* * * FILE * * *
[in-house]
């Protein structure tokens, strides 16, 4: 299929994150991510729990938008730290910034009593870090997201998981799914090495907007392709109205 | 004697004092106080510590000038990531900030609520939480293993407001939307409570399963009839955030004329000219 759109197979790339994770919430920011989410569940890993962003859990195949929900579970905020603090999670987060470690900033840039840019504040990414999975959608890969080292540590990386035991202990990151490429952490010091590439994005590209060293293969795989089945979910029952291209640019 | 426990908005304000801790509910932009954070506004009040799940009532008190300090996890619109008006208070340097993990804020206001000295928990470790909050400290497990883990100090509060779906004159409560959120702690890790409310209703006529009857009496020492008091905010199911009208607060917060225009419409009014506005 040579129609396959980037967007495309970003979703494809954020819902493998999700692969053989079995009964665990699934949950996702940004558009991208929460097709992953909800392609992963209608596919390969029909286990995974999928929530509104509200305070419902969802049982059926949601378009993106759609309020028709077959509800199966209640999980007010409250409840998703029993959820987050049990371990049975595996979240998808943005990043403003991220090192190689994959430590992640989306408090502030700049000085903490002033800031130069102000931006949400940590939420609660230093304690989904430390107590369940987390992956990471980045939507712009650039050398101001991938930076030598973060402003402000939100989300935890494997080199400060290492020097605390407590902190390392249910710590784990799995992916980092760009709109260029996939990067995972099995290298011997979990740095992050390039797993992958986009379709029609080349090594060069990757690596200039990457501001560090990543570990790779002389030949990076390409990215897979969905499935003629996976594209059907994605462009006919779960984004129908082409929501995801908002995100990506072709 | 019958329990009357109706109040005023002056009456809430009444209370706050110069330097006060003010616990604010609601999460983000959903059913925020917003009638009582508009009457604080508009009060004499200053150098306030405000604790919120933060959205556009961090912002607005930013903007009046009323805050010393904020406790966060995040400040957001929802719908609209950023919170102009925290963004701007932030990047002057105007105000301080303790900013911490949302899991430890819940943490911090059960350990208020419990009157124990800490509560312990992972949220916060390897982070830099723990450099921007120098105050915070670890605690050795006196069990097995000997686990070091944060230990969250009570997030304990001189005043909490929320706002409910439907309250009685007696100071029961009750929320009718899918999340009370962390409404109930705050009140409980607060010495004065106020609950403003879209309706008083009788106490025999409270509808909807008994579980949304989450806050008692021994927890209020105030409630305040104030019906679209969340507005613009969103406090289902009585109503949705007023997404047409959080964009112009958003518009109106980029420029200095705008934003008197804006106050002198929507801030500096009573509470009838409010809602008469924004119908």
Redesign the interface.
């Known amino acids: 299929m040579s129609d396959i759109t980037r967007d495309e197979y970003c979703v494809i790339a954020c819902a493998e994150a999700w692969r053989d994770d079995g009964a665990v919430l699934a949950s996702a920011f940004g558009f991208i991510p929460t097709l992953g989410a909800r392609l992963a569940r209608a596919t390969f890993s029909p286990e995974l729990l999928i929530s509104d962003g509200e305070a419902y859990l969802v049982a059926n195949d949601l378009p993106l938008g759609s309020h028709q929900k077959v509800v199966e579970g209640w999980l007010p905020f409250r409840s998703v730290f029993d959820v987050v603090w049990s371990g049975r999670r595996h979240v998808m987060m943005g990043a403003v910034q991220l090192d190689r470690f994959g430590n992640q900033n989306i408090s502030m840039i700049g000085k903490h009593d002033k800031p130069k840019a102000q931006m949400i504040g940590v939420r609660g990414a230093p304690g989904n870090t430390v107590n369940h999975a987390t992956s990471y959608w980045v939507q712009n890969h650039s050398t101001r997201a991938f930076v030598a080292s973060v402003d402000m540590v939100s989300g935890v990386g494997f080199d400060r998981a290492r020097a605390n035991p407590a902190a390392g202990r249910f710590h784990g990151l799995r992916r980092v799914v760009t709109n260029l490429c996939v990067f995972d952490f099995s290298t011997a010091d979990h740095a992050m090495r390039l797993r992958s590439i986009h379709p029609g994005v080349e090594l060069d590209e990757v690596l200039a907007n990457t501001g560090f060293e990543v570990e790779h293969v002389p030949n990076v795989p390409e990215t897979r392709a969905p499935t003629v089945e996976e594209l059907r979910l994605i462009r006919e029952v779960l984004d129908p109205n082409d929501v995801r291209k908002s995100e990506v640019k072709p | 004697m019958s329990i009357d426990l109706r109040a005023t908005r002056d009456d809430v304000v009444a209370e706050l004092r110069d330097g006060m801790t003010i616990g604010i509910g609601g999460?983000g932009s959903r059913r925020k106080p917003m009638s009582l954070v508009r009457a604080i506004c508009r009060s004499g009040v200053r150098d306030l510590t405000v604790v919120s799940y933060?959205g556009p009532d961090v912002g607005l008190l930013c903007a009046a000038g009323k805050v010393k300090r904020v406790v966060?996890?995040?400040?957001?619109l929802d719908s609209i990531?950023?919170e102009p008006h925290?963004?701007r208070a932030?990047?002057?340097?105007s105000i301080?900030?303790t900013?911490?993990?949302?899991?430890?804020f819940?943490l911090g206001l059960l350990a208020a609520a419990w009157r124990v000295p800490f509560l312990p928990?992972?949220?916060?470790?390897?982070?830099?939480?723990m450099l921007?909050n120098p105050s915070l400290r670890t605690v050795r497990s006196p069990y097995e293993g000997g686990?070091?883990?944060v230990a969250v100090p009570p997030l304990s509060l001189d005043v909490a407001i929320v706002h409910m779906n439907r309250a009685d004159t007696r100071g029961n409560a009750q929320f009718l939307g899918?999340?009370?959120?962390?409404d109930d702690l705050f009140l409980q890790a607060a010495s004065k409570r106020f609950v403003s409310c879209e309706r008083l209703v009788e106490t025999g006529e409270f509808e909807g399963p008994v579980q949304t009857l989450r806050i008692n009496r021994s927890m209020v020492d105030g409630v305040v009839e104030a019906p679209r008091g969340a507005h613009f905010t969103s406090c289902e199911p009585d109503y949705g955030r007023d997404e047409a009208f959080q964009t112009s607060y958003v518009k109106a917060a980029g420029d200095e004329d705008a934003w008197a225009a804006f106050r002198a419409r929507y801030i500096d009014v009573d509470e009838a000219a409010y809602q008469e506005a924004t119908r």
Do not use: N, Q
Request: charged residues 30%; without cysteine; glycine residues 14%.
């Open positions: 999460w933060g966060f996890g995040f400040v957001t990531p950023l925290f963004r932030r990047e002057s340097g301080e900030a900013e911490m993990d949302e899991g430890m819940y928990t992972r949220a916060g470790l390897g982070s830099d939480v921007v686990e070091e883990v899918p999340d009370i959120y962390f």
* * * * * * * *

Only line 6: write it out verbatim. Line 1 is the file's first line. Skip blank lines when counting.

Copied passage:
Request: charged residues 30%; without cysteine; glycine residues 14%.